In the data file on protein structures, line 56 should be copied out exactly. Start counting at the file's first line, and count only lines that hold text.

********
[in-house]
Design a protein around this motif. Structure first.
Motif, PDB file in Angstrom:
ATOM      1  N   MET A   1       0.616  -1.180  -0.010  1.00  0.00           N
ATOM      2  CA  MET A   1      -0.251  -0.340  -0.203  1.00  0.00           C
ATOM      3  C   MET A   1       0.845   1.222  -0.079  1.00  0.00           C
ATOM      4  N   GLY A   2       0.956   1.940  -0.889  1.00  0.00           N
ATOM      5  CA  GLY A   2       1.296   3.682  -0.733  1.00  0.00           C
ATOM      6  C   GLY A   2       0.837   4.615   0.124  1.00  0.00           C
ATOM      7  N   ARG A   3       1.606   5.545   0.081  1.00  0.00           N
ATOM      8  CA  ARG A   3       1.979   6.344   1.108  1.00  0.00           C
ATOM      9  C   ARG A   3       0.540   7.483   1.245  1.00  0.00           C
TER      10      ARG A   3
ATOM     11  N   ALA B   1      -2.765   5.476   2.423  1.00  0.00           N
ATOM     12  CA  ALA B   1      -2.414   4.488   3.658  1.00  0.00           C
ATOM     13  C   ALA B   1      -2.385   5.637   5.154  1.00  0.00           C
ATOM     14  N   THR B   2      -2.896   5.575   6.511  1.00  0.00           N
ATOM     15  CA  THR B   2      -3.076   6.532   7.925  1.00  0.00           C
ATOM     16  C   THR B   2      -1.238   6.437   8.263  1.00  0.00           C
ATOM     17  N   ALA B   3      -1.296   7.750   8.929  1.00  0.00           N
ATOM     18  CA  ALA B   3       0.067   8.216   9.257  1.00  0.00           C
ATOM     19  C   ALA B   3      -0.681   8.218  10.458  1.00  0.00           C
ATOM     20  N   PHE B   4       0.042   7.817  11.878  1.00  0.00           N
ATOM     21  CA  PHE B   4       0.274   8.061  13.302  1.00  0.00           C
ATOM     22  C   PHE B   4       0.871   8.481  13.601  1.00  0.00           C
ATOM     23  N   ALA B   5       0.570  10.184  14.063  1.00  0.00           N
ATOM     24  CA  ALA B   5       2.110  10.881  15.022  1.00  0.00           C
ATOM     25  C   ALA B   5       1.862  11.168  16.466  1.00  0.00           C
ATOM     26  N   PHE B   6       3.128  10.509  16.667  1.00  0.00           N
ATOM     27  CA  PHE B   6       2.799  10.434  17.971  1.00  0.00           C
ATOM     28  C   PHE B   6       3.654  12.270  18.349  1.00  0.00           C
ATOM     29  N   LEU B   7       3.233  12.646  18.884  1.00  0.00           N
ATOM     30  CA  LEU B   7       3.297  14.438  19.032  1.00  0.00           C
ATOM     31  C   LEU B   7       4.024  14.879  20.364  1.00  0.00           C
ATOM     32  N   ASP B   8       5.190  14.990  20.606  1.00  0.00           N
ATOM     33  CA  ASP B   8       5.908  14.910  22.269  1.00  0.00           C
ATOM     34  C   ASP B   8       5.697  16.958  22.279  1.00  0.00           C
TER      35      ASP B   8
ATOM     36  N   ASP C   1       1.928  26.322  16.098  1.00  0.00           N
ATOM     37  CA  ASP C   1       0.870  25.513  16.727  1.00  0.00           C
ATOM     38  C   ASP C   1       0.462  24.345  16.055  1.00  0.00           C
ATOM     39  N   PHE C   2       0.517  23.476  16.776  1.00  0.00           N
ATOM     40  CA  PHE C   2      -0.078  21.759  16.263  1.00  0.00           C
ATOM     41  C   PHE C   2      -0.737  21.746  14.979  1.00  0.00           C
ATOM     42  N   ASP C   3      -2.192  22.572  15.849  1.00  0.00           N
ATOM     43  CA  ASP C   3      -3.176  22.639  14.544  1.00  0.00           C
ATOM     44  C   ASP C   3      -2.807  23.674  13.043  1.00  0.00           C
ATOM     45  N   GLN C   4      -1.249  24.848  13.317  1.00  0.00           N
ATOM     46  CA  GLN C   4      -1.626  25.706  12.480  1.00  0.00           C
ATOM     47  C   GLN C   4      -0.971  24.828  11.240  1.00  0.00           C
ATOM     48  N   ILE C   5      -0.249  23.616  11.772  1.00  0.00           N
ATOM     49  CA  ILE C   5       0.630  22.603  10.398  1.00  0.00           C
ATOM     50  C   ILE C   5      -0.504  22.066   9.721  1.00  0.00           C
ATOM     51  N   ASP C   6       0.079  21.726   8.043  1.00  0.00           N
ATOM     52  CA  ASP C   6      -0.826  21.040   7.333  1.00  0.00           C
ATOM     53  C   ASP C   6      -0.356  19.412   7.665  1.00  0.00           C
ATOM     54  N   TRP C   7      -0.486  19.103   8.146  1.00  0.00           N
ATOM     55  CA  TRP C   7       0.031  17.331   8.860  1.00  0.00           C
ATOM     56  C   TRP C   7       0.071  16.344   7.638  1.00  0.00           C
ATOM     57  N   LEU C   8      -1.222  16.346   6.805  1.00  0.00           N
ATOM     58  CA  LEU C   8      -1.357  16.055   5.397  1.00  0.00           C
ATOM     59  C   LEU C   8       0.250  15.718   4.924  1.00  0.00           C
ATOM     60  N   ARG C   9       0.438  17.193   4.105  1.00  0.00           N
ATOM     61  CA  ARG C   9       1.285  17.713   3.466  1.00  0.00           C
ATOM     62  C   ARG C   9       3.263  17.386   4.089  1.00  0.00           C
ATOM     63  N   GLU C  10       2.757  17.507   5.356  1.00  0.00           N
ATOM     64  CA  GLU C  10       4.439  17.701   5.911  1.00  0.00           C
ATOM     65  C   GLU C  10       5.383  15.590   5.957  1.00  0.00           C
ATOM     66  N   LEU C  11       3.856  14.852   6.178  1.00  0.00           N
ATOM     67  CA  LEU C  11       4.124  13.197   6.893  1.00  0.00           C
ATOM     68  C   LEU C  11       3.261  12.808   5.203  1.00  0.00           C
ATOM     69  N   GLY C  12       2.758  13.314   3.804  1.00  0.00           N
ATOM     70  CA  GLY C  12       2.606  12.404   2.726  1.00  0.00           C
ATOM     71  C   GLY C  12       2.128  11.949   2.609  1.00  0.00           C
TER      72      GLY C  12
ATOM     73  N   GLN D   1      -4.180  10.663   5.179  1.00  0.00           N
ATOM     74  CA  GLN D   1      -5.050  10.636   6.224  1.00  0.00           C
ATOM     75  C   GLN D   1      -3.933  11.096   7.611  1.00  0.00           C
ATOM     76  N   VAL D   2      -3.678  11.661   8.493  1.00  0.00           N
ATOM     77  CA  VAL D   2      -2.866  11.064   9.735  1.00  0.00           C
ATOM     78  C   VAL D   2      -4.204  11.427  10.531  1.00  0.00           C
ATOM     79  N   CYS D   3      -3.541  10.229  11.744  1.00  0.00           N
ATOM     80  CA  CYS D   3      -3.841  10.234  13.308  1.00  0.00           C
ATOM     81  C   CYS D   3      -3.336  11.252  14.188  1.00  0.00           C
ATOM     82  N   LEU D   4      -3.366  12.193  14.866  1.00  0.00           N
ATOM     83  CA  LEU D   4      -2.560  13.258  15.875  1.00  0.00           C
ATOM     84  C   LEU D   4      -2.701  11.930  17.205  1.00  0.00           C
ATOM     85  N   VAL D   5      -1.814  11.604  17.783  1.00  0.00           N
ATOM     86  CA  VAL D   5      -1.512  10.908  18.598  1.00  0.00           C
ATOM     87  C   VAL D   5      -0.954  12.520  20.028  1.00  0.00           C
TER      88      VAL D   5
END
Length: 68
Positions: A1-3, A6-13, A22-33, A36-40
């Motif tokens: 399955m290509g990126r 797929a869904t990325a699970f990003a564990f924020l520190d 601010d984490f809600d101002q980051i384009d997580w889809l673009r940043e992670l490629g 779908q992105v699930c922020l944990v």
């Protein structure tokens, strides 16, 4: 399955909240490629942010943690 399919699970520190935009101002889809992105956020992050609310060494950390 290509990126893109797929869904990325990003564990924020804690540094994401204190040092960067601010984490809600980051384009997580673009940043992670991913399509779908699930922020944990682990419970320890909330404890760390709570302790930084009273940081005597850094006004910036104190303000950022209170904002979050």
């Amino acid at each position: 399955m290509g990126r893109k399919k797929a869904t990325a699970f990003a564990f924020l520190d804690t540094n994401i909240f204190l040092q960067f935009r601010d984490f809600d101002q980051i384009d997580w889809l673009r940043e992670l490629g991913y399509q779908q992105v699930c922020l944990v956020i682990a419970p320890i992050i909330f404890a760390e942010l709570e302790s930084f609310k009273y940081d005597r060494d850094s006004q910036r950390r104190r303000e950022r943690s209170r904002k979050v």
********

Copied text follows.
ATOM     53  C   ASP C   6      -0.356  19.412   7.665  1.00  0.00           C